The idea that my head had more or less been giving shape during the previous days was to reach Italy through the Alps trying to avoid when possible the busy Mediterranea seashore; actually, trying to cross when possible the less populated regions; i.e., the inland Roussillon (or Languedoc) from end to end; and this took me two days.
This French region hosts a grid of by-roads that communicate many villages no farther from one another than, average, perhaps five kilometres, despite which -judging by the long stretches of wild country I crossed- it must be one of the areas less densely populated in this country where, today, there is exactly 2.5 acres of land per person.
And it’s a region of a familiar nature, as it reminds me a lot, in geology and flora, my own homeland. Towns and villages are, however, quite different from those of mine, having here an almost pure medieval look that seems to have remained unchanged since five centuries ago. Their inhabitants are apparently not in a hurry for refurbishing or updating their old houses, for replacing the old doors and windows, for renovating the furniture, etc, despite not lacking purchasing power; and in this I see a people that love their past and don’t disown it; a country that loves rural life and is not ashamed of it. Such, at least, is my interpretation when comparing the French countryside with the town-planning harakiris that the Spanish villages are inflicting to themselves for the past four decades.
By the way, the county was radiant, full of large patches of a bush with flowers deep yellow, giving the dark green landscape a touch of joy. Particularly a zone of Languedoc called Pays Cathare.
Thus, in my route across the Roussillon, from Rennes-les-Bains to Vaison-la-Romaine, I came across places like Villerouge-Termenès, whose XIIth century castle, of a military architecture, massive and imposing, was erected as a symbol of the ecclesiastical power, property of the archbishopric of Narbonne until the French Revolution, after which it was sold as national property to a few families, who owned it until very recently.
Or places like Olargues, a village so genuinely medieval -and somewhat labyrinthine- that I wouldn’t be able to represent it in three or four pictures; a full report would be necessary for conveying the images captured by my retina and the impression recorded in my memory. So, I won’t even try. Suffice to put here a panoramic view of the village, its unique and svelte roman bridge, called the Devil’s, and the standing tower of its ruined castle.
And indeed it has, despite its simple elegance, a devilish look this bridge. It’s oftentimes difficult to tell why something reminds us of this or that, but in this case the nickname is quite suitable, though go figure where did it come from; perhaps from a local legend having nothing to do with the bridge’s appearance. Maybe this other picture is more telling:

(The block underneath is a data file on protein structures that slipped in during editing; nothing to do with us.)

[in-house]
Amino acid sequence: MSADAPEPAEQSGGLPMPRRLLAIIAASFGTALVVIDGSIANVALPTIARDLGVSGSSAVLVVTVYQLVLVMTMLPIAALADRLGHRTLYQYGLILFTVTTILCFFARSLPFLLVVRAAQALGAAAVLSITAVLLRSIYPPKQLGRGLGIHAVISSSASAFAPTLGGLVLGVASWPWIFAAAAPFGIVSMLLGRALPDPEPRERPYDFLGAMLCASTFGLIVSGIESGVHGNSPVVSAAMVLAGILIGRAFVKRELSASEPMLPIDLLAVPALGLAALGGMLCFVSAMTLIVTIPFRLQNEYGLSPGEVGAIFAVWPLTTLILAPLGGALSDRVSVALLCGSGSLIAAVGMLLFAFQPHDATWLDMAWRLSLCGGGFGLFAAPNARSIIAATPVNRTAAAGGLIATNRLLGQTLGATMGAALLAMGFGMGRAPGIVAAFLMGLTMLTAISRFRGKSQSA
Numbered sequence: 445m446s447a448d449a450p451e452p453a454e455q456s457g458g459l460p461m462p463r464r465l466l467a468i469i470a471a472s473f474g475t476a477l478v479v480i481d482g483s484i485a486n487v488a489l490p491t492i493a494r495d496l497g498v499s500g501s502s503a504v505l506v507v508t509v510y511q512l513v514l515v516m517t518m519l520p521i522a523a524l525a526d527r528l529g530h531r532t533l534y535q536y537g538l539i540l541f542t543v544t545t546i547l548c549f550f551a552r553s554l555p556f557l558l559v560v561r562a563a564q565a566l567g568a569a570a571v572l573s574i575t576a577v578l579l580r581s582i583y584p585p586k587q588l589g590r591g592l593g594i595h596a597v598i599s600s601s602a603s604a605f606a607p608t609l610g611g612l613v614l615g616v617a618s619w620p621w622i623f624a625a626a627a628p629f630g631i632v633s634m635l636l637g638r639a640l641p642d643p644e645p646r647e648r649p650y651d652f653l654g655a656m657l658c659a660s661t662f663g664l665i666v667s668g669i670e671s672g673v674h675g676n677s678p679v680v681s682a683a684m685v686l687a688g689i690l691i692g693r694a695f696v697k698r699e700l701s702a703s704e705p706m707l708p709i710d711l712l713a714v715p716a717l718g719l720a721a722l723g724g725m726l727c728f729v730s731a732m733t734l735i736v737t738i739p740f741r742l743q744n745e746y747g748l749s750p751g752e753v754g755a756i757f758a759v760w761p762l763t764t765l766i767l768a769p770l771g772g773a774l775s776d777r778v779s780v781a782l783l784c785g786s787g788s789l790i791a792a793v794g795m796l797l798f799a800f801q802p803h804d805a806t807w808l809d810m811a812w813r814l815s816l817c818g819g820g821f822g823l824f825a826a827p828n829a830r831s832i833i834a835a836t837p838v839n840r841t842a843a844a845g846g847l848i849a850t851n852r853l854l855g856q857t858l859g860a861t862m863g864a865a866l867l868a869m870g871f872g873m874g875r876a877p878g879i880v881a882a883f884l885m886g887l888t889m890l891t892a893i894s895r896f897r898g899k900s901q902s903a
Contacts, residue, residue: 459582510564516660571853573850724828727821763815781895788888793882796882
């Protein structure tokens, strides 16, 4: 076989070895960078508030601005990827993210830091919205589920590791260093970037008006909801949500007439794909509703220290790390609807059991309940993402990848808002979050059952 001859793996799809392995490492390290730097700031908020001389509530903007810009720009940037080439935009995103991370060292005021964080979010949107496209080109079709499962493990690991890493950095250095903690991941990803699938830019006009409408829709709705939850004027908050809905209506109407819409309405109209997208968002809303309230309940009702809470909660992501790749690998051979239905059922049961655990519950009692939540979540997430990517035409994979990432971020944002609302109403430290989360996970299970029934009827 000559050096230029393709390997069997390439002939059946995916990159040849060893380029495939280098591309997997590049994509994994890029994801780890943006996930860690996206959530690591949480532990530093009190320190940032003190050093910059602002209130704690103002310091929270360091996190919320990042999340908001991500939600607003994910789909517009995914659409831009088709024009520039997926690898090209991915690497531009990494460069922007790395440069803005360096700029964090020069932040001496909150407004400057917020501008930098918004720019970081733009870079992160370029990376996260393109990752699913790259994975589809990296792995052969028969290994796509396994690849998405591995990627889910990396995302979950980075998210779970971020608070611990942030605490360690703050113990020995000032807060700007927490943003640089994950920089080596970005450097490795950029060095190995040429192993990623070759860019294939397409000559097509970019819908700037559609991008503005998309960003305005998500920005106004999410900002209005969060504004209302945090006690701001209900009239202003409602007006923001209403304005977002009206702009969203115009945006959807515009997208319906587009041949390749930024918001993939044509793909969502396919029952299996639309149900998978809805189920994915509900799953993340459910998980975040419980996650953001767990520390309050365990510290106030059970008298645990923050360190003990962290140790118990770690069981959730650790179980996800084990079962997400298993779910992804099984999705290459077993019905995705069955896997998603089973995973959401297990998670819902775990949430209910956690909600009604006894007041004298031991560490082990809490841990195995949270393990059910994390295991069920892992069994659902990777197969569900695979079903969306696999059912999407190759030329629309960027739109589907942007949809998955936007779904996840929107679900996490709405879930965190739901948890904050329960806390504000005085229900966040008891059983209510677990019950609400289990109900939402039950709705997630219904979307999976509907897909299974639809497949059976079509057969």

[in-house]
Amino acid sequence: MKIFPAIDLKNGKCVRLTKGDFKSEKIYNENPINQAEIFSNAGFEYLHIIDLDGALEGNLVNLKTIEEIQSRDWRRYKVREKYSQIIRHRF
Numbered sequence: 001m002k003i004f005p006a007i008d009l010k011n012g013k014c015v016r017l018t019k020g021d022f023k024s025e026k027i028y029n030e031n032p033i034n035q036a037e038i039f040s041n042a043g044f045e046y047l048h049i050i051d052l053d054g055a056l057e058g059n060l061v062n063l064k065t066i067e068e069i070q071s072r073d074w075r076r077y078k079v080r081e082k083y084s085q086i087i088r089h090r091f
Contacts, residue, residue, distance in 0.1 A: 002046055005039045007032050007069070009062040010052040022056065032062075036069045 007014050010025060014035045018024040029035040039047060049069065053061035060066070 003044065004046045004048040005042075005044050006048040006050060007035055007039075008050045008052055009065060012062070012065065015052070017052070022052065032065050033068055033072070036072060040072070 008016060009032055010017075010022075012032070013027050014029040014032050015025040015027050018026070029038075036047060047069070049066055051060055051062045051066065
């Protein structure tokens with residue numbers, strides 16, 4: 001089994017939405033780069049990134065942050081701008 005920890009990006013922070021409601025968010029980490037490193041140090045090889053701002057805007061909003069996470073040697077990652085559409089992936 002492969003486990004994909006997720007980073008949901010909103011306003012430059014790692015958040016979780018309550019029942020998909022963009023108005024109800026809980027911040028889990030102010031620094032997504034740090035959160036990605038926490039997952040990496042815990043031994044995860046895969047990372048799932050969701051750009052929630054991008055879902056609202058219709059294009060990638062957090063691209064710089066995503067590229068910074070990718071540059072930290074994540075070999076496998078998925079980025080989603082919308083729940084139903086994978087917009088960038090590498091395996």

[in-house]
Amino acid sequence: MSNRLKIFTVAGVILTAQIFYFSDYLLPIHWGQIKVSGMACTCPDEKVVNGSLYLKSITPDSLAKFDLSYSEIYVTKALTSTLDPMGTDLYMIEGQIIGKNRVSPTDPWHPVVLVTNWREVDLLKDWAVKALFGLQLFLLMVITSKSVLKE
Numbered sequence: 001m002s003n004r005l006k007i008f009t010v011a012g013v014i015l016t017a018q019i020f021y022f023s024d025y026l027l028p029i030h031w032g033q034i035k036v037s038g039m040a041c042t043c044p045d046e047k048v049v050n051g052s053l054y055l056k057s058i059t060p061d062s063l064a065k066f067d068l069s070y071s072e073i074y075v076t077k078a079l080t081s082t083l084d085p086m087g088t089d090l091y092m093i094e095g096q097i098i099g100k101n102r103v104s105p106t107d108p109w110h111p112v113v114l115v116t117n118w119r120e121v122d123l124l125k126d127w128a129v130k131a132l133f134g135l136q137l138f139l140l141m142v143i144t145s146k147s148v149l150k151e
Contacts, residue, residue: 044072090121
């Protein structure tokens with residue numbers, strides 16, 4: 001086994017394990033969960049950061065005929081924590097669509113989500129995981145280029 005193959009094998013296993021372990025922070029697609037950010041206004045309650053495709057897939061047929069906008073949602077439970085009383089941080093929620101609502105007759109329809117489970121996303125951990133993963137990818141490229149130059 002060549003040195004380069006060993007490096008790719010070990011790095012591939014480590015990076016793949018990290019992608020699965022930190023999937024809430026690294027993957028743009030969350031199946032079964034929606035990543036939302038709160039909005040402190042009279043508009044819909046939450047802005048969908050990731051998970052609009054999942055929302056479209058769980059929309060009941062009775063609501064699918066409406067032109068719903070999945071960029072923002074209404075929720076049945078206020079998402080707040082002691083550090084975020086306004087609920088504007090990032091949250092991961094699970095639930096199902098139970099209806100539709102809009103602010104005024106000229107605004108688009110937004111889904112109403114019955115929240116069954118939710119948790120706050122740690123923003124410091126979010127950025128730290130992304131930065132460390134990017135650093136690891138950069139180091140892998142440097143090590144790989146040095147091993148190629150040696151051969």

There was also in Olargues a small museum in a huge house from the Middle Ages, of a bizarre and rambling architecture. The museum was dedicated to the popular arts and traditions, for honouring the memories of the deceased, and a few objects called my attention: an exercise book from a girl called Marie-Jeanne Poujade and an old newspaper from Lyon, both dated 1918, soon to finish the World War I.
I don’t know why I paid special attention to those items; maybe because they reminded me of other similar existing in my grandparent’s house, exercise books or papers from the same time, almost one century ago; even not so different from the ones that were still printed when I was a child.
By the way, there was also a kind of diabolical feeling to that mansion, something sinister about it, having two entrances from two different alleys at different levels on the village, with a narrow inner yard surrounded by very high walls, like a square well, and full of corners, massive doors, small windows and vaulted ceilings. Not that any of these elements belongs by its own right to the Kingdom of Darkness, but, had the house been called the Devil’s -after the bridge-, nobody would have thought it strange.
More yet: only by changing a bit one’s approach, I’m sure that, on a grey and stormy winter evening, the whole village of Olargue with its narrrow and twisted streets, its steep slopes and that pointed tower on top of the hill, would take on a fiendish appearance.
But not on this day of deep blue skies; and it was early in the evening when I ended up in a room at a nice hotel in Lodève, a small town full of moors, which didn’t impress me except perhaps for its tree-covered riverside. Besides, I was tired of sightseeing and village-strolling, so my neurons weren’t very receptive; therefore, after one hour of exploring Lodève and taking a couple of pictures, I lied on one of the hotel’s deck chair on its luminous terrace for reading a while before going for dinner, outdoors, at the small garden of a nearby restaurant. Quite a good choice, by the way: it’s been the first time in my experience that the French cuisine matched its international fame.